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Discussion Starter #1
The title isn't completely true because they did buy me a student horn when I was in fourth grade, but I think I'm ready to upgrade!
I've played the sax since fourth grade (alto and tenor mostly), and I'm currently a sophomore in high school and I play in the marching band, symphonic band, pit orchestra, and the top jazz band in the school. I play 1st chair alto in symphonic band and lead tenor in jazz band. I play an American Selmer student model alto (AS300) that I got in fourth grade, and a buffet crampon proffesional tenor that belongs to my school.
I'm absolutely in love with the buffet tenor. It feels super easy to play (keywise and blowing-wise) , and I wanted to be able to feel that ease when I play my alto.
I asked my parents if I could get a professional saxophone and their answer was direct and to the point......No. I told them that i felt my alto was holding me back and even showed them how much easier I am able to play the buffet tenor, but their answer was still no.
I searched the web for ways to get a better sound, and many people said that upgrading my mouthpiece and ligature would be my best option so I saved up lunch money, mowed lawns, etc...., and I bought an otto link tone edge 7* mouthpiece, rovner ligature, and some vandoren 2.5 reeds (both javas and blue box). This did help, but I still didn't feel that ease I felt when playing the buffet tenor.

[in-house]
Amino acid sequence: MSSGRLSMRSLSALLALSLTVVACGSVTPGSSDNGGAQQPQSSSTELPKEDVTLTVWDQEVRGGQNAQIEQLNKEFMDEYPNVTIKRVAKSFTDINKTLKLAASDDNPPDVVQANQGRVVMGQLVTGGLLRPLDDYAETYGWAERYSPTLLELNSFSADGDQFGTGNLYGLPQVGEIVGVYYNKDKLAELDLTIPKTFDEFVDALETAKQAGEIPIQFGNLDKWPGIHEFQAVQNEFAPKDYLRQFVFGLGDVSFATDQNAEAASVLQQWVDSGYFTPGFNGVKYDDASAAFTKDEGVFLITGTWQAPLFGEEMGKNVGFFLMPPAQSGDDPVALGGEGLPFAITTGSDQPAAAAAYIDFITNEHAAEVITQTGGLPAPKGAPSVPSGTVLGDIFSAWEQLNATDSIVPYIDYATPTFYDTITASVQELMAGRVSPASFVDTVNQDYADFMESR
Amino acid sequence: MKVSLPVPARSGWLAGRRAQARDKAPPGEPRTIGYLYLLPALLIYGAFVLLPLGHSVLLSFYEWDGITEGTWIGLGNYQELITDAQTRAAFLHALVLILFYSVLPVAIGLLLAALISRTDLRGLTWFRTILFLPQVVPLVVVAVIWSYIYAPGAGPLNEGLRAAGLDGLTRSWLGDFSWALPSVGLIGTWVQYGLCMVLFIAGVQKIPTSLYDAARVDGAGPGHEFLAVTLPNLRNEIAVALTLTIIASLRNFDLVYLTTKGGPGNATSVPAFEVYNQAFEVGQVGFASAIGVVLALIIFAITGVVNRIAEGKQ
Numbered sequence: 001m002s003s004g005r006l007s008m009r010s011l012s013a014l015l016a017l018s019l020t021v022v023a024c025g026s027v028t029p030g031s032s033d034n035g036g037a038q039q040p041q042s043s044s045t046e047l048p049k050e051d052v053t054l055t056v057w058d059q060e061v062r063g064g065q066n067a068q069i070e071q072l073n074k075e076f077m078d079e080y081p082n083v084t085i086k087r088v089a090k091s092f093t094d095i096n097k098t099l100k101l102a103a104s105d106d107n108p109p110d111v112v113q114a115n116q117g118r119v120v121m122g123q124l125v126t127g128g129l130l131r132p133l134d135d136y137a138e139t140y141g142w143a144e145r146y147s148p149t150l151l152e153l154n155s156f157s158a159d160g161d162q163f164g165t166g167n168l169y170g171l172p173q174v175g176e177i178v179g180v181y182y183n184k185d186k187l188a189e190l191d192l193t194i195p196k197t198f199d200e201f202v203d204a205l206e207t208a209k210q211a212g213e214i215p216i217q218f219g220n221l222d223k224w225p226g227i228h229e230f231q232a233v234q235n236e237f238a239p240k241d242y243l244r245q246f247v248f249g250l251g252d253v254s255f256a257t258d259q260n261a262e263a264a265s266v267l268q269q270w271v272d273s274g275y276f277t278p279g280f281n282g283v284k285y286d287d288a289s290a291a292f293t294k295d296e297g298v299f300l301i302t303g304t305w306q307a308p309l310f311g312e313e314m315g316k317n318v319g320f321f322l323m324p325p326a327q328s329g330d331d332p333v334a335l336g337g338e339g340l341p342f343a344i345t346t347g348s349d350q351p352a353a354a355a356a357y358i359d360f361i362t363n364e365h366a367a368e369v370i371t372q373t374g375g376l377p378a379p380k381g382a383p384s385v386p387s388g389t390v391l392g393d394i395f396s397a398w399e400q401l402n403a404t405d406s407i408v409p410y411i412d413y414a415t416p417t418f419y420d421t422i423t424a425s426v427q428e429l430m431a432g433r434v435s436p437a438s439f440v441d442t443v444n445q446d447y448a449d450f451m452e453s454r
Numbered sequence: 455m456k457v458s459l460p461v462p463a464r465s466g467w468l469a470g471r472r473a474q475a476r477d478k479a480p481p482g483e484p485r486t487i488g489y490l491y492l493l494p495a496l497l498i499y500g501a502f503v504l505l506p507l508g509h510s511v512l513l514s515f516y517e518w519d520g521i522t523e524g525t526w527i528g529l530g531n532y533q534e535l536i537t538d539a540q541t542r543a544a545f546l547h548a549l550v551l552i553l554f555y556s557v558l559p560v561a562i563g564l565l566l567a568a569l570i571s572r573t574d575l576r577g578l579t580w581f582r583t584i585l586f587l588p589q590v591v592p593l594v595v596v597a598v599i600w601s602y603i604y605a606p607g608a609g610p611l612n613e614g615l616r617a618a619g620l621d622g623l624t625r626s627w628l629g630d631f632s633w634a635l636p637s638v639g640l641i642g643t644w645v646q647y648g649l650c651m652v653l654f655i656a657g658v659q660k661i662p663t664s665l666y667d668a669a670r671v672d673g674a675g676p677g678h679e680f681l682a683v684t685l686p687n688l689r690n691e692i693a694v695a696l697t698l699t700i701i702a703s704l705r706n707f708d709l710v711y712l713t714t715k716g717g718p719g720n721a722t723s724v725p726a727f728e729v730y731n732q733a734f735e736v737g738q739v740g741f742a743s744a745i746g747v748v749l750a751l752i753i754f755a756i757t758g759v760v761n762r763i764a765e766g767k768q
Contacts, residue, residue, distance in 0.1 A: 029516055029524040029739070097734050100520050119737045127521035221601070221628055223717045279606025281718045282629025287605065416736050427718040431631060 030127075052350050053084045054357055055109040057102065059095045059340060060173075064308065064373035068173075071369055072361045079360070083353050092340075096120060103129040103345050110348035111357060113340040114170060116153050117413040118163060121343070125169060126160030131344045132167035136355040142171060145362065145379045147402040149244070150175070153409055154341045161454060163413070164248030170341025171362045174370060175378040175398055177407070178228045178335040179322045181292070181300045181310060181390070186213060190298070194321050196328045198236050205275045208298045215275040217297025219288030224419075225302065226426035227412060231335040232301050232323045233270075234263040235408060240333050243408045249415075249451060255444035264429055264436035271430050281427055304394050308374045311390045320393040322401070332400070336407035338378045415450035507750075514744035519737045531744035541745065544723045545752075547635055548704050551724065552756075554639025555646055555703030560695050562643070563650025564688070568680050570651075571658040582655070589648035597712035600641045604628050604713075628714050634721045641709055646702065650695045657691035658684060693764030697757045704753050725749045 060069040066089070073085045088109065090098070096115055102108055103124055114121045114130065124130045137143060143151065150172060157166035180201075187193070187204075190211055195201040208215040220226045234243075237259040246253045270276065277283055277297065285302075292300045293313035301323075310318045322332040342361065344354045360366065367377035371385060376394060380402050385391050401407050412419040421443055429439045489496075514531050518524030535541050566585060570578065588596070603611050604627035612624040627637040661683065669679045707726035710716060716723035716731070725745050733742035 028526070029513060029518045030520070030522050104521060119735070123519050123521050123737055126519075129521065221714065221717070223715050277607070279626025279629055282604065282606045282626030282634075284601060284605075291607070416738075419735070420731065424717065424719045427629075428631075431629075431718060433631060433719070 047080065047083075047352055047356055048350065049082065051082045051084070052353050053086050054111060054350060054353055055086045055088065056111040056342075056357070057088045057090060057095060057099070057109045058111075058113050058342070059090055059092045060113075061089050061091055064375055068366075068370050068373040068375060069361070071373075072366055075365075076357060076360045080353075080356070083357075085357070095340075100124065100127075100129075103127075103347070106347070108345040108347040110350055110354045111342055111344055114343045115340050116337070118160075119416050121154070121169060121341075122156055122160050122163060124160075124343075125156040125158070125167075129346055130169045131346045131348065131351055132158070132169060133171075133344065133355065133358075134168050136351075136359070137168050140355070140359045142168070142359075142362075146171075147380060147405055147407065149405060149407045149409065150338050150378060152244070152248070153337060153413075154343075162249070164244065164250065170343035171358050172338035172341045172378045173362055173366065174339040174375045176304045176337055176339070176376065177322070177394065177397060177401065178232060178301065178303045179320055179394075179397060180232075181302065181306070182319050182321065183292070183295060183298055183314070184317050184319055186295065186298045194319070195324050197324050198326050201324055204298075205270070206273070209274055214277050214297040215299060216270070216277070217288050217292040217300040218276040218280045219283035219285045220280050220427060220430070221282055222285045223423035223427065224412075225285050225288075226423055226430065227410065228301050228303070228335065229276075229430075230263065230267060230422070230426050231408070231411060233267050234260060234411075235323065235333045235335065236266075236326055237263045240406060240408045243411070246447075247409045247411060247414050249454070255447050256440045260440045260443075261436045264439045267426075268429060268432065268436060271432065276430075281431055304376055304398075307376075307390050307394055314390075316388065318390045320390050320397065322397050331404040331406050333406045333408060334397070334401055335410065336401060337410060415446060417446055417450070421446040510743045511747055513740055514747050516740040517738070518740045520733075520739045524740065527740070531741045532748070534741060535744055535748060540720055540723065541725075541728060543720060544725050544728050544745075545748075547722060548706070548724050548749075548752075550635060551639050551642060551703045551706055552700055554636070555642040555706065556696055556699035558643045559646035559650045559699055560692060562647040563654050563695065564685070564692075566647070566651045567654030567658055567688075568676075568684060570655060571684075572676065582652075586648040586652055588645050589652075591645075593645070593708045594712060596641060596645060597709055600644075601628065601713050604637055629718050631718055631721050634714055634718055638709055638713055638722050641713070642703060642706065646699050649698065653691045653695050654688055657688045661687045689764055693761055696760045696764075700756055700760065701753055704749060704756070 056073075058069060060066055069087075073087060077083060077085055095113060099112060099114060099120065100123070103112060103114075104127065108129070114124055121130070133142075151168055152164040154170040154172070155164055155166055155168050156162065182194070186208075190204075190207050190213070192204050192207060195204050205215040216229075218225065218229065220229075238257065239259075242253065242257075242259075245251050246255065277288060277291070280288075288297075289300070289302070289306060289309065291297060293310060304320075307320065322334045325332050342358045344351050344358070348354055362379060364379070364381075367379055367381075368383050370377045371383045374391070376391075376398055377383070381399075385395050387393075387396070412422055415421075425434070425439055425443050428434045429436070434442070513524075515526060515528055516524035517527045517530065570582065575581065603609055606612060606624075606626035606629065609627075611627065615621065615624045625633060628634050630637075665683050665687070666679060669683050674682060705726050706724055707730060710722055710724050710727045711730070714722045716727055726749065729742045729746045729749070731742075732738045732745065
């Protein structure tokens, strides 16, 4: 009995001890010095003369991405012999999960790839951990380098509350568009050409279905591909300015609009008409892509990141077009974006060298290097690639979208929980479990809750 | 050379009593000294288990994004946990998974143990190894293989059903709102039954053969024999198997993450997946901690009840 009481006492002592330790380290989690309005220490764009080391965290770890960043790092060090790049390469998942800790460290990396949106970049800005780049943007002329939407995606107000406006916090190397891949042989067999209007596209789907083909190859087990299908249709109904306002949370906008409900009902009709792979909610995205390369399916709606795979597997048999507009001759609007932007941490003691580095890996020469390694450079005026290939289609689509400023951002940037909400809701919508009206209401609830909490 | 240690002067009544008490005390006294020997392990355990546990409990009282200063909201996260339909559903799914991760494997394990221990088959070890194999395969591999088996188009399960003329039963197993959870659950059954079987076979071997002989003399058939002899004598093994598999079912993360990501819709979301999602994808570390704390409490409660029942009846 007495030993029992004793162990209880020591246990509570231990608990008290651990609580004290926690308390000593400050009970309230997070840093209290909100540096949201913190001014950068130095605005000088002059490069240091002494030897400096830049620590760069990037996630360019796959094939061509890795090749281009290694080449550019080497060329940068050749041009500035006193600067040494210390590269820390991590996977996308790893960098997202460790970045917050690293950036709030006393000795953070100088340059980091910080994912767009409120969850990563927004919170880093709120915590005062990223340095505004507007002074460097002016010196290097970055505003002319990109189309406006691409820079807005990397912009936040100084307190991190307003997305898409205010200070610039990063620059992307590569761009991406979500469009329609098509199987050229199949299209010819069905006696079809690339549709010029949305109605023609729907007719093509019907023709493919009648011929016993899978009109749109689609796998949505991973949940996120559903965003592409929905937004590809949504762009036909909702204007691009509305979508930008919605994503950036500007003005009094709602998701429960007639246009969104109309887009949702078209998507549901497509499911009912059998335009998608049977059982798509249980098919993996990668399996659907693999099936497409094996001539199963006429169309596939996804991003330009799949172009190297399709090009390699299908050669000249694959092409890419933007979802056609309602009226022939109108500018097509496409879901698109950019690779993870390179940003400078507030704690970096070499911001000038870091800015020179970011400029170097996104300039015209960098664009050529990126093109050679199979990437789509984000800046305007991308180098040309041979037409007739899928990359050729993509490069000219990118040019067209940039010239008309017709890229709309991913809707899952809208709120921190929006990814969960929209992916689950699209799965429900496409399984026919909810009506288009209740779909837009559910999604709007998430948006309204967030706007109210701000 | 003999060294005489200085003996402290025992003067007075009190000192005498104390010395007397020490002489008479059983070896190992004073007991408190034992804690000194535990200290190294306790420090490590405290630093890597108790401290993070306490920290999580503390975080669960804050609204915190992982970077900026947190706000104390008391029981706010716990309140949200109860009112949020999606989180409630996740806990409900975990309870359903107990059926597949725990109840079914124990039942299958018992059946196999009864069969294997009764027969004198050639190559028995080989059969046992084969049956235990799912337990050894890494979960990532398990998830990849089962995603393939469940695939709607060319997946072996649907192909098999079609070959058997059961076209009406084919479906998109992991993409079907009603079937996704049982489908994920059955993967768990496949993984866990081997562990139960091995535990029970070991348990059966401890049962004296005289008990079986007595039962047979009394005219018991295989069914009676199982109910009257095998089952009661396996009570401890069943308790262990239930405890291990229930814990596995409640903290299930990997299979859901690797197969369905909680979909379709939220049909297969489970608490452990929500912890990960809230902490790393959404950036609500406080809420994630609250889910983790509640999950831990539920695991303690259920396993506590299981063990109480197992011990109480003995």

This long story aside, I feel like getting a professional horn would improve my playing by leaps and bounds.
How can I convince my parents to get me a professional saxophone?
 

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You probably cant convince them (no usually does mean no). Your post is a bit unclear. Are you wanting to upgrade your alto or your tenor? Your post is a little vague in what setup options you have available to you. So was the link for the tenor or the alto? Are you wanting an alto upgrade or do you want your own pro tenor? I agree that you need a good setup but what you have is not junk. I have heard some guys do some serious killin' on less than pro horns. As for jazz history, Charlie Parker would be one. Of course a lot of living guys too.
 

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You have to understand why they said "no" before you can change their mind.

If it is because they don't have the money, then you won't be able to change their mind - they still won't have the money. Unless you can come up with it, like you did for the mouthpiece. Or figure out some way to cut back on expenses.

If they don't think you are serious, or don't think you will continue to play after high school, or don't think you will take good care of it, that might be a different matter - you might be able to convince them otherwise. But just saying that you will ("really, dad, I will") is not enough.